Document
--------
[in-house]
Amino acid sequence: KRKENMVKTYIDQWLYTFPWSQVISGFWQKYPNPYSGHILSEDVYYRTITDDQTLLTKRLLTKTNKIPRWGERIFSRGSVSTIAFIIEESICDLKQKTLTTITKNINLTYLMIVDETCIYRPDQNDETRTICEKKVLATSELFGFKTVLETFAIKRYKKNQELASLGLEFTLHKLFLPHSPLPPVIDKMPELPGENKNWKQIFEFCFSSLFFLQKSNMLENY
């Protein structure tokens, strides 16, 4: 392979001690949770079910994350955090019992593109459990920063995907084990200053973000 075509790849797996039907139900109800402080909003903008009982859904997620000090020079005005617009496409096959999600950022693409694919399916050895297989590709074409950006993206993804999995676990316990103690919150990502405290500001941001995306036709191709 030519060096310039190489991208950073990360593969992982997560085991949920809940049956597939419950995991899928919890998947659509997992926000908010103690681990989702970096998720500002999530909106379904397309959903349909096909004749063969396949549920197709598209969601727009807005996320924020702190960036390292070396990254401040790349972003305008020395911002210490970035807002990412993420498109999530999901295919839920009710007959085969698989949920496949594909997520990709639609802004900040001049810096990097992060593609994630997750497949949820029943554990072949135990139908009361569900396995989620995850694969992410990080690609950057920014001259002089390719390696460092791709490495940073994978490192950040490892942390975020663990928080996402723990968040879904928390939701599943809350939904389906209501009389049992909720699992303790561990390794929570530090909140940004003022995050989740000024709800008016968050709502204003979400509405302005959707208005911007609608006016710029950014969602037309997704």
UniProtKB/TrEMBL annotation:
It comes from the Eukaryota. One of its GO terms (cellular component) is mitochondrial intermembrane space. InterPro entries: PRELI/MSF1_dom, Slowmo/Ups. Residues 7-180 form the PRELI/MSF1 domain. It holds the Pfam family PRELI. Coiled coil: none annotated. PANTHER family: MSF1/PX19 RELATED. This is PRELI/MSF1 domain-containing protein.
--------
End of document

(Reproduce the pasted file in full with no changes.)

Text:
[in-house]
Amino acid sequence: KRKENMVKTYIDQWLYTFPWSQVISGFWQKYPNPYSGHILSEDVYYRTITDDQTLLTKRLLTKTNKIPRWGERIFSRGSVSTIAFIIEESICDLKQKTLTTITKNINLTYLMIVDETCIYRPDQNDETRTICEKKVLATSELFGFKTVLETFAIKRYKKNQELASLGLEFTLHKLFLPHSPLPPVIDKMPELPGENKNWKQIFEFCFSSLFFLQKSNMLENY
């Protein structure tokens, strides 16, 4: 392979001690949770079910994350955090019992593109459990920063995907084990200053973000 075509790849797996039907139900109800402080909003903008009982859904997620000090020079005005617009496409096959999600950022693409694919399916050895297989590709074409950006993206993804999995676990316990103690919150990502405290500001941001995306036709191709 030519060096310039190489991208950073990360593969992982997560085991949920809940049956597939419950995991899928919890998947659509997992926000908010103690681990989702970096998720500002999530909106379904397309959903349909096909004749063969396949549920197709598209969601727009807005996320924020702190960036390292070396990254401040790349972003305008020395911002210490970035807002990412993420498109999530999901295919839920009710007959085969698989949920496949594909997520990709639609802004900040001049810096990097992060593609994630997750497949949820029943554990072949135990139908009361569900396995989620995850694969992410990080690609950057920014001259002089390719390696460092791709490495940073994978490192950040490892942390975020663990928080996402723990968040879904928390939701599943809350939904389906209501009389049992909720699992303790561990390794929570530090909140940004003022995050989740000024709800008016968050709502204003979400509405302005959707208005911007609608006016710029950014969602037309997704």
UniProtKB/TrEMBL annotation:
It comes from the Eukaryota. One of its GO terms (cellular component) is mitochondrial intermembrane space. InterPro entries: PRELI/MSF1_dom, Slowmo/Ups. Residues 7-180 form the PRELI/MSF1 domain. It holds the Pfam family PRELI. Coiled coil: none annotated. PANTHER family: MSF1/PX19 RELATED. This is PRELI/MSF1 domain-containing protein.